This Article is From May 19, 2014

Congress Unchanged. Gandhis' Offer to Resign Rejected.

Congress Unchanged. Gandhis' Offer to Resign Rejected.

From left to right: Congress vice-president Rahul Gandhi, party president Sonia Gandhi and Prime Minister Manmohan Singh at the CWC meeting in New Delhi on Monday

New Delhi: After the Congress' colossal defeat in the national election, its top two leaders, Sonia and Rahul Gandhi offered today to resign as president and vice-president, but their colleagues rejected the proposal immediately. (Remove Rahul, Bring Priyanka, Say Congress Posters in Allahabad)

Despite being saddled with its worst result ever after a campaign that was fronted by Mr Gandhi, the party's highest-decision making body adopted "a unanimous resolution expressing full faith" in the 43-year-old and his mother.

"They are the best leadership we have," said Amarinder Singh after the meeting. Both Mrs Gandhi and the Prime Minister took responsibility for the defeat, with Dr Manmohan Singh reportedly ceding that the party did not "tackle effectively enough" the country's frustration with inflation or corruption. While declaring that "resignations are not the solution", the PM reportedly said to Mrs Gandhi, "As head of government, I have to take responsibility, not you."

Mr Gandhi, according to sources, said the party "does not have the accountability that it should have. I hold myself accountable." On Friday, while publicly acknowledging his role in the party's debacle, Mr Gandhi had smiled though his short statement, creating a pop-up controversy.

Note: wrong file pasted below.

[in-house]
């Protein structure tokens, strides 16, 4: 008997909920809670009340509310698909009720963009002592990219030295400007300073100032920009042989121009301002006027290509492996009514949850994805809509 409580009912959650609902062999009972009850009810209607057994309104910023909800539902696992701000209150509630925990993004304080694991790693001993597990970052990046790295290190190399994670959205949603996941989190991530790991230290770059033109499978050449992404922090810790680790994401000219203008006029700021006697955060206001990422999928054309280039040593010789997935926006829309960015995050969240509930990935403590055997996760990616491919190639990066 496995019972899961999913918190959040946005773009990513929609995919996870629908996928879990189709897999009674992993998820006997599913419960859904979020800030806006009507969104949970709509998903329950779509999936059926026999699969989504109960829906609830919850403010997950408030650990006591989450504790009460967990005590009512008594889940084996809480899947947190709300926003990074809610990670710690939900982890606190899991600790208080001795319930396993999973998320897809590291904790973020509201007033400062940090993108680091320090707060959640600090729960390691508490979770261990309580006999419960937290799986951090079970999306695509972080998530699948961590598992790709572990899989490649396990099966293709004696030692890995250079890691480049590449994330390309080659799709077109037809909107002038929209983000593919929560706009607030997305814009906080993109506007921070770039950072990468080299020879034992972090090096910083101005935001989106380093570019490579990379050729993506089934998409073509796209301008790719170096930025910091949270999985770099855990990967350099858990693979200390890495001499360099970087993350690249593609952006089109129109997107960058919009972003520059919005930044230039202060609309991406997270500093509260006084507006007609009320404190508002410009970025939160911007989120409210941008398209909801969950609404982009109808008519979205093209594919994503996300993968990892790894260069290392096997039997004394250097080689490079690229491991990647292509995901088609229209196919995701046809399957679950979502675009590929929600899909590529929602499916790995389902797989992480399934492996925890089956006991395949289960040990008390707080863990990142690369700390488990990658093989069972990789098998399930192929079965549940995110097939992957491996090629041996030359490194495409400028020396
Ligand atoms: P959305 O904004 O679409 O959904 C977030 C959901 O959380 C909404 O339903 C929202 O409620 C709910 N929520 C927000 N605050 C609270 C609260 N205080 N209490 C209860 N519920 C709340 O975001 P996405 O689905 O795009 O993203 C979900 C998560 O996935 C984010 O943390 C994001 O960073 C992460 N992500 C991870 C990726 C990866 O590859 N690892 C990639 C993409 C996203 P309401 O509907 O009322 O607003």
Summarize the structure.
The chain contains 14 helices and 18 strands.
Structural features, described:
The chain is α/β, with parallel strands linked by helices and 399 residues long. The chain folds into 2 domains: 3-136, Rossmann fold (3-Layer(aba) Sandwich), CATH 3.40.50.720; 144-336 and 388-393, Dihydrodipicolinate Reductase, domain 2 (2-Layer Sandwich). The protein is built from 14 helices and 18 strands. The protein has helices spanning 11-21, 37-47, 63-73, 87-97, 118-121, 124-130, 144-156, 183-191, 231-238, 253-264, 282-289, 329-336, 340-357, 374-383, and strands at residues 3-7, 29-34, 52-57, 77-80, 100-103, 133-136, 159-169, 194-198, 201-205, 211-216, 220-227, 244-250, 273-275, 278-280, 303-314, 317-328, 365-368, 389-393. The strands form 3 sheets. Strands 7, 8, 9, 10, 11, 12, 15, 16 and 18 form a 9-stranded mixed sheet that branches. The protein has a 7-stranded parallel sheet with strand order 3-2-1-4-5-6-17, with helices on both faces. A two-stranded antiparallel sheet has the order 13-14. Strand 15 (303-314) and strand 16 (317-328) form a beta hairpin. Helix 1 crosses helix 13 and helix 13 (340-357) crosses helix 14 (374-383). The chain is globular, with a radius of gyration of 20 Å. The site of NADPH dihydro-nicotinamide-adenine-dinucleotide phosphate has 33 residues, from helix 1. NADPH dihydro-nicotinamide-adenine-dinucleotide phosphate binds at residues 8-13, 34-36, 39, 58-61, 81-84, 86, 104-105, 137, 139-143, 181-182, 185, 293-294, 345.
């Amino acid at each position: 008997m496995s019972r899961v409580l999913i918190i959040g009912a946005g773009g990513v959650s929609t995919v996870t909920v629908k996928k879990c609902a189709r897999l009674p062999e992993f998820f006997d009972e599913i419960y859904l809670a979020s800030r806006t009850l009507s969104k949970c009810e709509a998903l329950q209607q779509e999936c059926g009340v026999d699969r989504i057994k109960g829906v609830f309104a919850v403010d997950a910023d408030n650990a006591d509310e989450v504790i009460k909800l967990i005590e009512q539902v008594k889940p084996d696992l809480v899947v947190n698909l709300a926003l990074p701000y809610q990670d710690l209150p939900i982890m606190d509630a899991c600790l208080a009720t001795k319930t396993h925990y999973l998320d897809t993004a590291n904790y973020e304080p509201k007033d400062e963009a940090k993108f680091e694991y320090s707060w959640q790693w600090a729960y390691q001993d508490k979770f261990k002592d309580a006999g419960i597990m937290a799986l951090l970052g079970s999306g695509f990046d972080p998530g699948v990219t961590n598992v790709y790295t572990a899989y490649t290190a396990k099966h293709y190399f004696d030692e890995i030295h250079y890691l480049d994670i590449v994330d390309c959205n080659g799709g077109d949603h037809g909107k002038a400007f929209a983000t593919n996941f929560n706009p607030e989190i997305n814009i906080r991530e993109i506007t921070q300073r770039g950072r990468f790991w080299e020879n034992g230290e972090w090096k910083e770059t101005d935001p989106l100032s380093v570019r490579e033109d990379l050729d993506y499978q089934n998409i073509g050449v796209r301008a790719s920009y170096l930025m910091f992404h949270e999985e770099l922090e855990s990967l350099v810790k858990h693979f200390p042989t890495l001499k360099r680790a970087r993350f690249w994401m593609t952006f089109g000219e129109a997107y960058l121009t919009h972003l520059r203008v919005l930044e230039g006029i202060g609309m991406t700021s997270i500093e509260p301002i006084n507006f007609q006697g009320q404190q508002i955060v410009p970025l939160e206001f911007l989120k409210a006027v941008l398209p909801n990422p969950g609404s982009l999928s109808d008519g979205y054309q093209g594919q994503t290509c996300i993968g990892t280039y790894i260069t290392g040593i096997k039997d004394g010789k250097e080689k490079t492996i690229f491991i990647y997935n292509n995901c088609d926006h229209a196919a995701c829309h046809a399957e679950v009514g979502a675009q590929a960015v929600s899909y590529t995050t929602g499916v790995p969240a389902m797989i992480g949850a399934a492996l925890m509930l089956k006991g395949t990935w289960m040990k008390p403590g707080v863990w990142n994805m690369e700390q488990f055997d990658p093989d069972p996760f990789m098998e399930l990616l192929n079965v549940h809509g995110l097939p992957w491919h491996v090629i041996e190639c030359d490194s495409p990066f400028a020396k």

The Congress won just 44 of Parliament's 543 seats, while the BJP, powered by Narendra Modi, amassed the strongest result by a party in nearly 30 years, landing a parliamentary majority.

The Congress Working Committee has now entrusted Mrs Gandhi to developing a road-map for change; she has also been authorised to reshuffle key posts. The gesture is a return to the undisputed centre-stage for the 67-year-old after a lacklustre attempt by her son and his advisors to take charge.

Kamal Nath, the most senior Congress parliamentarian, told NDTV on Sunday that only internal democracy could end "the culture of patronage" and elections must be held to select the 40-odd members of Working Committee. (Watch)